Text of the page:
In a preferred embodiment, the present invention comprises an ODBC-compliant, Lotus Notes database, further comprising: Client Means; Matter Means; Project Means; Event Means; Task Means; and if desired, Document Means, Budgeting Means, Project Management Means, Assessment Means; and various alternative enhancements. In certain embodiments, Client Means, Project Means, and/or Activity Means may be provided. Alternatively, the present invention preferably comprises: Client; Matter; and Event Means. The invention may further comprise related information, data; and/or analysis, such as: communications; documents; forms; budget and/or cost information; project management; risk management; and other applications or information. The database of the present invention may be adapted to cooperate with other shared or linked data sources.
The present invention preferably comprises a data processing application, in machine readable form, for managing data relating to a professional services project, comprising: means for receiving the data in a format other than application-independent format; and storing the data in a substantially portable format. Alternatively, the present invention is preferably a data processing application, in machine readable form, for managing data relating to a professional services project, comprising: the application being adapted to receive the data in a format other than application-independent format; data storage means cooperating with the application for storing the data; the application being adapted to store said the data in a substantially portable format.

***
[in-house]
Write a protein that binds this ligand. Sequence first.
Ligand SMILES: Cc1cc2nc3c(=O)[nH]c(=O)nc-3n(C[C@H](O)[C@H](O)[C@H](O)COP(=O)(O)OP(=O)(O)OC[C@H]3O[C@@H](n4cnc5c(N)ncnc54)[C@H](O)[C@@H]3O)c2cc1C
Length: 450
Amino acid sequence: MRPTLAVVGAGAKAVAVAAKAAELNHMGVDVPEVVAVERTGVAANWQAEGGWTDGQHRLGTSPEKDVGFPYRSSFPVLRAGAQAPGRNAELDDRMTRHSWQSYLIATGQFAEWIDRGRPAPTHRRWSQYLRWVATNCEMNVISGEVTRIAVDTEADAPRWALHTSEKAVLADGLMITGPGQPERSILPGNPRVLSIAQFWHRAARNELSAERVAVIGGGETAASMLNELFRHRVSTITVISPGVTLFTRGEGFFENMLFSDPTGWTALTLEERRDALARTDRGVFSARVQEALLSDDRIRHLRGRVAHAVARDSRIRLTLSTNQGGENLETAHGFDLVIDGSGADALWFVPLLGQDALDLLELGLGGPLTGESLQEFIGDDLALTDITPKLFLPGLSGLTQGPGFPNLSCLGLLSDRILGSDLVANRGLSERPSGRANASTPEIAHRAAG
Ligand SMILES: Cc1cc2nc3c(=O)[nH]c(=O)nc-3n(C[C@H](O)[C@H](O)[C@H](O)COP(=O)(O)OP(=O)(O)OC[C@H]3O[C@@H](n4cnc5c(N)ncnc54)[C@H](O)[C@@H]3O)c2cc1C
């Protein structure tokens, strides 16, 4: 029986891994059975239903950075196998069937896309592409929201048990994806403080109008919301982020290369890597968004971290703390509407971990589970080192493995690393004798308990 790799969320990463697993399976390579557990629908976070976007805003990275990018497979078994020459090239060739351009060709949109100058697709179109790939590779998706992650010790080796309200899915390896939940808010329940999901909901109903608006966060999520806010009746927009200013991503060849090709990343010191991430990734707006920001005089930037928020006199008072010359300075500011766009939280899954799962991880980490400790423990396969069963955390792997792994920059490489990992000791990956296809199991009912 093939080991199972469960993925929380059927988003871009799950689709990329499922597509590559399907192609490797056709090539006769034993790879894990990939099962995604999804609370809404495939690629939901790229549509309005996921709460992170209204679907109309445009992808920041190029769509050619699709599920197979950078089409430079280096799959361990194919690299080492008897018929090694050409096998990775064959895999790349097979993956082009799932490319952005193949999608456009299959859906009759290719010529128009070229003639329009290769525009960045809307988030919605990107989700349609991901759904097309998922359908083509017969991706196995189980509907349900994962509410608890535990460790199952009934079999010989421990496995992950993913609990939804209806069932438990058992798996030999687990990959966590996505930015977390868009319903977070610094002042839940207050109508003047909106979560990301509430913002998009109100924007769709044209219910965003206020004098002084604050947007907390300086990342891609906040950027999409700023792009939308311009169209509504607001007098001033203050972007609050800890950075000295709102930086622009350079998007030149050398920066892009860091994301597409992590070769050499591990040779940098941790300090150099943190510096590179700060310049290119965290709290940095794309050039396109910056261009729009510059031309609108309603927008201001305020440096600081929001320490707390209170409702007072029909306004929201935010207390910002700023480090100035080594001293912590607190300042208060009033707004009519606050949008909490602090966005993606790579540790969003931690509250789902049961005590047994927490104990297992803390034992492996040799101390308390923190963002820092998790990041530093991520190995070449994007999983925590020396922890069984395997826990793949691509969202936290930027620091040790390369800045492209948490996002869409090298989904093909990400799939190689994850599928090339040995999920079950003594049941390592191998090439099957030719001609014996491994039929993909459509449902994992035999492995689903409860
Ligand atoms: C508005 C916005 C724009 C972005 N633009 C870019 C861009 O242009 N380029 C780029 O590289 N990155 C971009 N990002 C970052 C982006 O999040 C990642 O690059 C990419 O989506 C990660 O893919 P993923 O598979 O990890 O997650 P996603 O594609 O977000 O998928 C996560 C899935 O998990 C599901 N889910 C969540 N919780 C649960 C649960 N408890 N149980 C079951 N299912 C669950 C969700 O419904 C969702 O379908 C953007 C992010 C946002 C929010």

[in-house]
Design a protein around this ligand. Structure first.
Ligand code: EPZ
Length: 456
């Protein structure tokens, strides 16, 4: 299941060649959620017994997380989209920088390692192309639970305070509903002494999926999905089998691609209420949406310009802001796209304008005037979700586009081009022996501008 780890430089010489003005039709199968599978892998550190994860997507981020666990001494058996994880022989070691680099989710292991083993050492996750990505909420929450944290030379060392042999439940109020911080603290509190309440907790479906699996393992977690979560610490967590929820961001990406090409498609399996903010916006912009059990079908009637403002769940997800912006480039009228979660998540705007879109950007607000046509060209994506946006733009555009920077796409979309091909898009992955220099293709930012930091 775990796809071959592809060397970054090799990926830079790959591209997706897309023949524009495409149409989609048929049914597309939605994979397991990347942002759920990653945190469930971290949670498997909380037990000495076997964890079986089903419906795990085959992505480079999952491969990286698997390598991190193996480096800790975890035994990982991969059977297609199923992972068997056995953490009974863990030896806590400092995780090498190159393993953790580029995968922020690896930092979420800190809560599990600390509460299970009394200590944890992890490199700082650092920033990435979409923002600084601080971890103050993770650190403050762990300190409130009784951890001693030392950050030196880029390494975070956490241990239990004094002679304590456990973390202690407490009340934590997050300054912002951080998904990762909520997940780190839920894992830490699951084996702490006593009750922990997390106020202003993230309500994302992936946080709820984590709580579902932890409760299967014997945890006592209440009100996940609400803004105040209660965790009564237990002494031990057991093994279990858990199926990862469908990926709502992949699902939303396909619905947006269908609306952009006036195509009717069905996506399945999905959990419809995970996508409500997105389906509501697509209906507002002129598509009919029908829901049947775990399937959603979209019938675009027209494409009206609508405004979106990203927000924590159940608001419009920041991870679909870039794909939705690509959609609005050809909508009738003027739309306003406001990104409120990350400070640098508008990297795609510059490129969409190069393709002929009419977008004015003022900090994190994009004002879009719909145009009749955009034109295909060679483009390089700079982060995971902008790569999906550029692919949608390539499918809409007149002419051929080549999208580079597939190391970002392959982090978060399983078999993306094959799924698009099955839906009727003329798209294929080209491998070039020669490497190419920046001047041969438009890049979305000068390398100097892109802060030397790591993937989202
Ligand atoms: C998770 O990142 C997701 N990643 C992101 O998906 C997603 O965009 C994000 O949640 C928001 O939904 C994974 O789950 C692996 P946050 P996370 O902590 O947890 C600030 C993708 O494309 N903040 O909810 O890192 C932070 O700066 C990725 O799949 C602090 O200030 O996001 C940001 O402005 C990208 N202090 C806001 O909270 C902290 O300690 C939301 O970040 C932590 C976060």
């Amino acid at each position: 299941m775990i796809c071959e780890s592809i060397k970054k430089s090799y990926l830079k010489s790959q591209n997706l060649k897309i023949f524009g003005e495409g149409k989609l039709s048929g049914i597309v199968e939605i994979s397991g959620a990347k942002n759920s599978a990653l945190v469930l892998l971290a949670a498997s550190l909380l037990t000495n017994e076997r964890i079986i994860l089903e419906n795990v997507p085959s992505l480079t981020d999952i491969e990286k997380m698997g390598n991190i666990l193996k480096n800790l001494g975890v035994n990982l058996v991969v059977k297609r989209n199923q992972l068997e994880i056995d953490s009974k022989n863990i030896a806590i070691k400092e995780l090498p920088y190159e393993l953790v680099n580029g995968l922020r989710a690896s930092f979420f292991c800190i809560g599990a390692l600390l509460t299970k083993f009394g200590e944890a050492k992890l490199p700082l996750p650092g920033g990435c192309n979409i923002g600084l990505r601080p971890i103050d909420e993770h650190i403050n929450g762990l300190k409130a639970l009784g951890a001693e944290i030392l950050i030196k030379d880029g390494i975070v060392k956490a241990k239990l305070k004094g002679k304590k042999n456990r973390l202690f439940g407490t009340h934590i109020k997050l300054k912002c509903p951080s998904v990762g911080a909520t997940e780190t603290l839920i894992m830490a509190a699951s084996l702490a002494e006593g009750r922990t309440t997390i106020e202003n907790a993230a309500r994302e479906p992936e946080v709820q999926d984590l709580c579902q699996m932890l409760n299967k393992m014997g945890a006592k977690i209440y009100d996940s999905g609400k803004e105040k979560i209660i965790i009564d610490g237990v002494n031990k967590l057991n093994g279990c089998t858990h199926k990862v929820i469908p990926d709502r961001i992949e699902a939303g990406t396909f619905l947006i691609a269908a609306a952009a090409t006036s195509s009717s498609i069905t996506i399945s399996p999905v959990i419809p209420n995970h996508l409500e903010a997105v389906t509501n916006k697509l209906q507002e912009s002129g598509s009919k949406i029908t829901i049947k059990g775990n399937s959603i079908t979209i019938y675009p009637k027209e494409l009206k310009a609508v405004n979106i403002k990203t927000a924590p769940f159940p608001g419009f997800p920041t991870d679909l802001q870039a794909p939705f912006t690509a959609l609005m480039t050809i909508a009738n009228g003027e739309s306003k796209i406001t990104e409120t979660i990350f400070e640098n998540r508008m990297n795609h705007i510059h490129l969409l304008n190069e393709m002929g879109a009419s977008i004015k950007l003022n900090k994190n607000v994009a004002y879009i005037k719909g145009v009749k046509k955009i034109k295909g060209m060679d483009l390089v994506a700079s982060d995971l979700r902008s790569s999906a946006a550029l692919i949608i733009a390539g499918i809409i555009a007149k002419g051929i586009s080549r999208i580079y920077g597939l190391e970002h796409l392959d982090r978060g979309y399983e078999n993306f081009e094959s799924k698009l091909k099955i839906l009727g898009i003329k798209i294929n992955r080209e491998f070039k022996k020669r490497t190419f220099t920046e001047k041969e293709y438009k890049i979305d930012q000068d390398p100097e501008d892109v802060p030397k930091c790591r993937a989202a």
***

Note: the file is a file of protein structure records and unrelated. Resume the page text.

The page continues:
In an alternative preferred embodiment, the present invention is a data processing system for managing a professional services practice, in machine readable format, comprising: one or more distributed applications; data storage means, cooperating with said one or more distributed applications, for storing the data in a format other than an application-independent format; case management database means, cooperating with one or more of said data storage means and said one or more distributed applications; said case management database means being adapted to store said data in a substantially portable format; said case management database means being adapted to make the data available to users in the professional services practice.
In a further alternative embodiment, the present invention is preferably a data processing system for managing data relating to a professional services project, in machine readable format, comprising: the data being in a format other than application-independent format; one or more distributed applications; adapted to access the data; data storage means, cooperating with said one or more distributed applications, for storing the data in a format other than an application-independent format; server means, cooperating with one or more of said one or more of said data storage means and said one or more distributed applications, said server means being adapted to transfer the data; case management database means, cooperating with one or more of said server means, said data storage means, and said one or more distributed applications, said case management means being adapted for communicating with respect to the data; said case management database means being adapted to store said data in a substantially portable format.